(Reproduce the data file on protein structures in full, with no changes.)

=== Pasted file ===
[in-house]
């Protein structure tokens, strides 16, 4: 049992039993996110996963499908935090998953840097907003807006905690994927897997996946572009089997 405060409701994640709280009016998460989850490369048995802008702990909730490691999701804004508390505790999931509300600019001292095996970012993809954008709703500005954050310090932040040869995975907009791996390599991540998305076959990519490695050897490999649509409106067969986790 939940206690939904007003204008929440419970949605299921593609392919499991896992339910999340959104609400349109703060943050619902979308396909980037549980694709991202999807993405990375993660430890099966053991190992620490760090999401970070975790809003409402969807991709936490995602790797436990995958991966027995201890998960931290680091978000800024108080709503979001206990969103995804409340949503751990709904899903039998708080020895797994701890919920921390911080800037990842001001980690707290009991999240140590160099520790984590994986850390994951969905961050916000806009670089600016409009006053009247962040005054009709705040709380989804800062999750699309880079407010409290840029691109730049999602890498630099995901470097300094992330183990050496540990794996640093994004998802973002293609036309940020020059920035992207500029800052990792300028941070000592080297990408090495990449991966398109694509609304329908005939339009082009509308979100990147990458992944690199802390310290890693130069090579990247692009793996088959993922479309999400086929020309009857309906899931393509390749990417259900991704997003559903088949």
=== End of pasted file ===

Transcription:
[in-house]
């Protein structure tokens, strides 16, 4: 049992039993996110996963499908935090998953840097907003807006905690994927897997996946572009089997 405060409701994640709280009016998460989850490369048995802008702990909730490691999701804004508390505790999931509300600019001292095996970012993809954008709703500005954050310090932040040869995975907009791996390599991540998305076959990519490695050897490999649509409106067969986790 939940206690939904007003204008929440419970949605299921593609392919499991896992339910999340959104609400349109703060943050619902979308396909980037549980694709991202999807993405990375993660430890099966053991190992620490760090999401970070975790809003409402969807991709936490995602790797436990995958991966027995201890998960931290680091978000800024108080709503979001206990969103995804409340949503751990709904899903039998708080020895797994701890919920921390911080800037990842001001980690707290009991999240140590160099520790984590994986850390994951969905961050916000806009670089600016409009006053009247962040005054009709705040709380989804800062999750699309880079407010409290840029691109730049999602890498630099995901470097300094992330183990050496540990794996640093994004998802973002293609036309940020020059920035992207500029800052990792300028941070000592080297990408090495990449991966398109694509609304329908005939339009082009509308979100990147990458992944690199802390310290890693130069090579990247692009793996088959993922479309999400086929020309009857309906899931393509390749990417259900991704997003559903088949």